Slowness Calibration

Back-projection (BP) is widely used to study large earthquakes but its derived images are array-dependent. For the same earthquake, different arrays often produce different images and it is difficult to judge which result should be trusted more. How to reconcile these images properly is crucial, but few researchers have systematically worked on this problem. We find that the BP spatial discrepancy between arrays is a result of P-wave travel time errors in each receiver array. In Meng et al., GRL, 2016, we proposed to resolve this issue using "slowness calibrations".

Standard BP utilizes teleseismic travel-time table based on 1D reference velocity model. The process of determining the later sub-sources with respect to the hypocenter is similar to that of the “master event” location technique. To account for the travel time variations due to 3D Earth structures, BP applies a timing correction inferred from the “hypocenter alignment”. The first arrival of an earthquake is assumed to come from the hypocenter location. A set of travel time errors due to 3D structures is obtained by cross-correlating the initial arrivals of the P-waves. The subsequent ruptures are tracked based on their differential travel times relative to the hypocenter. The strategy of “hypocenter correction” assumes uniform travel time errors across the entire rupture zone. Therefore, it is often only accurate within close proximities to the hypocenter. The errors increase when the rupture front propagates away from the hypocenter. To account for the travel time errors at distant source locations, we apply an additional correction of slowness (ray parameter). Here, the slowness refers to the spatial derivatives of travel times with respect to source locations for a given station. An additional correction of the slowness improves the accuracy of the differential travel time between the hypocenter and a distant sub-source. The correction term of slowness can be effectively calibrated using locations of aftershocks, assuming the catalog locations are accurate. For a given aftershock, its differential travel-time relative to the hypocenter is compared to the travel-time predicted by the 1D reference model. The remaining travel-time difference is divided by the mainshock–aftershock distance and mapped into the slowness correction term. The slowness correction effectively mitigates the spatial bias due to structure effect. The BP with slowness calibration of the 2015 M7.8 Nepal-Gorhka earthquake is shown in the figure below (Meng et al., GRL, 2016). The top and bottom two panels compare the high-frequency radiators of the aftershocks and mainshock imaged by three different arrays, respectively. It can be seen that after the calibration, both of the aftershock and mainshock BP achieves significantly improved and achieve consistency between BP of different arrays.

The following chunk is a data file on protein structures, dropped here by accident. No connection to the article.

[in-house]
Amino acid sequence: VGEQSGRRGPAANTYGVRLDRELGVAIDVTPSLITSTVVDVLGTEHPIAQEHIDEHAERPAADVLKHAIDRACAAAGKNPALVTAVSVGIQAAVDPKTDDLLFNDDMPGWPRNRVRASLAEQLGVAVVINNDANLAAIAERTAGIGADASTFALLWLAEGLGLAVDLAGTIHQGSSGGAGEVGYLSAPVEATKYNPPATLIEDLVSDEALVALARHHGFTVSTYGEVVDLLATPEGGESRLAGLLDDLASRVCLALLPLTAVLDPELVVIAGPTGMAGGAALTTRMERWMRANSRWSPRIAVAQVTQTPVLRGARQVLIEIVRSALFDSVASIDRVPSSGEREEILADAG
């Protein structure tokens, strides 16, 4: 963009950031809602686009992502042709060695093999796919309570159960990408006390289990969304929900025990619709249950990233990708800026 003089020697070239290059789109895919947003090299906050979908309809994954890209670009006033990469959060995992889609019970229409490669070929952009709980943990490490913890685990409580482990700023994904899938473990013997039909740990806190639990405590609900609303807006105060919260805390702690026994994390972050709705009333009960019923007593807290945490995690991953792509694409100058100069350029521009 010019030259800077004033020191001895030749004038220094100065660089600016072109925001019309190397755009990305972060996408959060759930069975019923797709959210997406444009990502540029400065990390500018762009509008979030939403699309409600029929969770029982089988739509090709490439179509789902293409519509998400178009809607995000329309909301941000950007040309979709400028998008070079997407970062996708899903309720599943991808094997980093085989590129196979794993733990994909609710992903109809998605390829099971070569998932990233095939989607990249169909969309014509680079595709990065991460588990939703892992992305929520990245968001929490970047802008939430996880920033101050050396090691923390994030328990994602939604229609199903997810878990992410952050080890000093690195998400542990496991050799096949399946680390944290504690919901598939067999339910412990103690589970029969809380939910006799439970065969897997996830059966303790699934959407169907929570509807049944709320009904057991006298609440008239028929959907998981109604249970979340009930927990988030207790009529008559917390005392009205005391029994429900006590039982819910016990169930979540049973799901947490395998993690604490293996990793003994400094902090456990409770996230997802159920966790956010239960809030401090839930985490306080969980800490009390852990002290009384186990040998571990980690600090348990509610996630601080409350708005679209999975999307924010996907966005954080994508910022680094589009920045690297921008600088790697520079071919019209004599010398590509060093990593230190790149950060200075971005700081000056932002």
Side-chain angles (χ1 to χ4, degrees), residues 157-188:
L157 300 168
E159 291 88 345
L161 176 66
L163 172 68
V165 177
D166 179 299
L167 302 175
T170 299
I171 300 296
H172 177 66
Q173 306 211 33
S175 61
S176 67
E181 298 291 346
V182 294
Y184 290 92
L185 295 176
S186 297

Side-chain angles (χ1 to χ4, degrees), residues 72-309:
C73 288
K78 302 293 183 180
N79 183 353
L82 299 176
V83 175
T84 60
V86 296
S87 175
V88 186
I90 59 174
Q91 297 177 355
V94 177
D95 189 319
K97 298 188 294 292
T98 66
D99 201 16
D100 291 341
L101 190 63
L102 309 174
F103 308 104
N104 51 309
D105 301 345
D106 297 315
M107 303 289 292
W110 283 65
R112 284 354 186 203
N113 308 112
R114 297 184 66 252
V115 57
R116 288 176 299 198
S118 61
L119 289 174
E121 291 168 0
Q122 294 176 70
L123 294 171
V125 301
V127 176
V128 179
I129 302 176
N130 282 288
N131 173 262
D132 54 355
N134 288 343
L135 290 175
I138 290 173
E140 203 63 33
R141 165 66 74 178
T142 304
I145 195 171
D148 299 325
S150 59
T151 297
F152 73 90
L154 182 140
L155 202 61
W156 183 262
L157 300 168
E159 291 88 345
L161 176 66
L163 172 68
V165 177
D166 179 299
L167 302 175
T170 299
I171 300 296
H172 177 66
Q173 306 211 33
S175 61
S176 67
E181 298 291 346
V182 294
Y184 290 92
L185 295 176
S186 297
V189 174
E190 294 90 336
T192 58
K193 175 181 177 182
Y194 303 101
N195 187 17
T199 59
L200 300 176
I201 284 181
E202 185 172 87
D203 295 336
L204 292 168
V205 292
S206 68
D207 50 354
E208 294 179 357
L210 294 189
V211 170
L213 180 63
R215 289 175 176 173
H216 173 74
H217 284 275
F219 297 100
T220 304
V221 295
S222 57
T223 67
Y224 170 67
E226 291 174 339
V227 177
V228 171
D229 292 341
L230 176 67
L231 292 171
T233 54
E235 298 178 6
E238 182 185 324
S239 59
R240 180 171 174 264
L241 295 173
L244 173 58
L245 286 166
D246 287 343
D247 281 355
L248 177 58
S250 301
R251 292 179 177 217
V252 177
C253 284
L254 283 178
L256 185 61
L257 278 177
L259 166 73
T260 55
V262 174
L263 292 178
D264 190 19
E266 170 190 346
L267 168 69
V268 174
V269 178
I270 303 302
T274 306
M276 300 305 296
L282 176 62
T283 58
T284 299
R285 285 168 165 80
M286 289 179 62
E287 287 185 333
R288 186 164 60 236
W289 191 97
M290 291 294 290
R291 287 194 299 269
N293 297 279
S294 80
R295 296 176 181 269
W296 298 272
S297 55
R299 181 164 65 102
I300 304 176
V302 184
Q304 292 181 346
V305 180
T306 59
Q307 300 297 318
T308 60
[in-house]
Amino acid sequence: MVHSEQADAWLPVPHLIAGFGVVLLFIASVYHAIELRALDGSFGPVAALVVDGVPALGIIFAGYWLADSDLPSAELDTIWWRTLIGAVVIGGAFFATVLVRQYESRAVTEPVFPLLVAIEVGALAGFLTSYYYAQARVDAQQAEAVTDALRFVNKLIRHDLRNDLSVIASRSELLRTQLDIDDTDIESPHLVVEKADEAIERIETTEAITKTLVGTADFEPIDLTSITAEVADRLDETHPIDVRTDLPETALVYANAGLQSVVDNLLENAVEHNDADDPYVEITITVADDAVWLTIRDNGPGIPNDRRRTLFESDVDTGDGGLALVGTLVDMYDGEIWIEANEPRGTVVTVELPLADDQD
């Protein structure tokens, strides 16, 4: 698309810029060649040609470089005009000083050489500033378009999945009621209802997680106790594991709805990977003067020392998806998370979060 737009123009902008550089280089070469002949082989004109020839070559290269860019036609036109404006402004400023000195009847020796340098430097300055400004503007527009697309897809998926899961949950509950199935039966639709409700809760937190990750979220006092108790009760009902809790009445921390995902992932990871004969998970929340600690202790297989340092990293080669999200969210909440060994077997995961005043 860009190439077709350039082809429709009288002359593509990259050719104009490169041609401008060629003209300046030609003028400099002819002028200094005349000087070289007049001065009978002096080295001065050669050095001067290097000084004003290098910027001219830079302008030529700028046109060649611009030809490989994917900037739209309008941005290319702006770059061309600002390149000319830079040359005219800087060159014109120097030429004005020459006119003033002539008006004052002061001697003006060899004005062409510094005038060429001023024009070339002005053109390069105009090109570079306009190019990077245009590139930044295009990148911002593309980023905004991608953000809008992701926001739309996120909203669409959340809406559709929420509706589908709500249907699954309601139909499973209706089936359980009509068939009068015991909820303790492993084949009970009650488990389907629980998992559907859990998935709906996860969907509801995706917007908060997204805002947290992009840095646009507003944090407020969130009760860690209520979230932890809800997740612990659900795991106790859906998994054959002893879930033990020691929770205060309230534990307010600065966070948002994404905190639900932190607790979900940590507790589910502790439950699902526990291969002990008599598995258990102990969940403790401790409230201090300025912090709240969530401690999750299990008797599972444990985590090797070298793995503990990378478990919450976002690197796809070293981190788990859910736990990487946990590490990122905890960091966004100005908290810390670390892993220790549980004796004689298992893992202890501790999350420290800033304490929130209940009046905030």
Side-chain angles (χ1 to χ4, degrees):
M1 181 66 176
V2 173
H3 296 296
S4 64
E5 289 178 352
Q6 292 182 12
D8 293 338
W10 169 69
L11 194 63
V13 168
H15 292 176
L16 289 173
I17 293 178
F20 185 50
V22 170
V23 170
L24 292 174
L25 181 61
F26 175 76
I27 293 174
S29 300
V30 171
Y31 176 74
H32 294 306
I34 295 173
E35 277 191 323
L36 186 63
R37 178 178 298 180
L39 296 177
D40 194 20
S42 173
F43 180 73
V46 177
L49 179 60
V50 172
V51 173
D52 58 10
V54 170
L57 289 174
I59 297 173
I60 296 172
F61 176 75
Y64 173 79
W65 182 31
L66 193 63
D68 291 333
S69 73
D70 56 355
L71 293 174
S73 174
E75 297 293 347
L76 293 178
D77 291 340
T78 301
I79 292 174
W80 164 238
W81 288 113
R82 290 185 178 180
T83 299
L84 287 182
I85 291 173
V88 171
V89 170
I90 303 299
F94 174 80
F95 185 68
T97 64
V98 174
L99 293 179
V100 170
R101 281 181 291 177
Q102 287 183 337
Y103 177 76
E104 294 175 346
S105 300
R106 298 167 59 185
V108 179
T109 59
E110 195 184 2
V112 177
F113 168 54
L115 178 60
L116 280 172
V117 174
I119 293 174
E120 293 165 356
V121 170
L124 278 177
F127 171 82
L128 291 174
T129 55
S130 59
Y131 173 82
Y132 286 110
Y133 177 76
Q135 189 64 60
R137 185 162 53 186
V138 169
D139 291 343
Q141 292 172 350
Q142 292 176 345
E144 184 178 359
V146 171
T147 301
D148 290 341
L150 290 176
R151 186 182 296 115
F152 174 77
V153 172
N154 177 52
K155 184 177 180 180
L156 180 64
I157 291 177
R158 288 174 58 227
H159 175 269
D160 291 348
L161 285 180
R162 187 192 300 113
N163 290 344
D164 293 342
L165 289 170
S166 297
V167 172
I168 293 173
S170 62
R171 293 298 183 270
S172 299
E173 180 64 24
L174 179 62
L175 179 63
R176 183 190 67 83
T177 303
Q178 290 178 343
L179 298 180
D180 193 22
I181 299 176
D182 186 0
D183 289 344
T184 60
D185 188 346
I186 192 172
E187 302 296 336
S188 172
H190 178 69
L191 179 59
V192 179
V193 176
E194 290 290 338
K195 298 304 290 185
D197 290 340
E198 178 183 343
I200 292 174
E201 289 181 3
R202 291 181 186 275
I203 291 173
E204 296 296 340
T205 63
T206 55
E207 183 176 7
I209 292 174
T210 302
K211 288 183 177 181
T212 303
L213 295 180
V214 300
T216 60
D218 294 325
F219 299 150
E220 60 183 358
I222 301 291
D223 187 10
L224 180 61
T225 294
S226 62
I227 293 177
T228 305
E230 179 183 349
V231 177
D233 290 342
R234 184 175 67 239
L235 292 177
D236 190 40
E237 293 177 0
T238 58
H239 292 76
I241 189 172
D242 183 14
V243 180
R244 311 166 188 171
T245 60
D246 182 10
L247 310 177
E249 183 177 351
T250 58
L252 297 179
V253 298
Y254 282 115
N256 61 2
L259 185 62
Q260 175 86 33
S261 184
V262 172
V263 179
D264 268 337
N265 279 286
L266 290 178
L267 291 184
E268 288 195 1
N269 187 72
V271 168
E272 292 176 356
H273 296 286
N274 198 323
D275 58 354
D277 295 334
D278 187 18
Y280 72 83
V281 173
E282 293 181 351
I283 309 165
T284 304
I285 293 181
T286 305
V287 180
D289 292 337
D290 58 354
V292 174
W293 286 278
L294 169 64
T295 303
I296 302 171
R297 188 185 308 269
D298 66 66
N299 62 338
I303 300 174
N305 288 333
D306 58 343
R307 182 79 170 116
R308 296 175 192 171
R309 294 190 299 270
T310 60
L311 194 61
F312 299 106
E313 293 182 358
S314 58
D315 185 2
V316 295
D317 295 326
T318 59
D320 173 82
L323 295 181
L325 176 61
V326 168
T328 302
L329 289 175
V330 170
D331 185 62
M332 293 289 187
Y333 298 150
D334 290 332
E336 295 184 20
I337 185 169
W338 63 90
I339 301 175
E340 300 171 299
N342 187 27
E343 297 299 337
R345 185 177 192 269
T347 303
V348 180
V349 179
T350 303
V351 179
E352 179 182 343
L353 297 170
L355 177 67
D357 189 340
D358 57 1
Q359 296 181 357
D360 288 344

Figure 1. The back projections with slowness correction of the Gorhka earthquake. (top two panels) Aftershock locations inferred from back projection with catalog location before (left) and after (right) slowness correction. The stars show NEIC catalog locations of four moderate size (M5 ~ 7) aftershocks, with colors corresponding to four aftershocks. The symbols (circle, square, and diamond) denote apparent back projection locations imaged by the Australian, North America, and European arrays. (bottom two panels) The main shock back projections of different arrays before (left) and after (right) correction.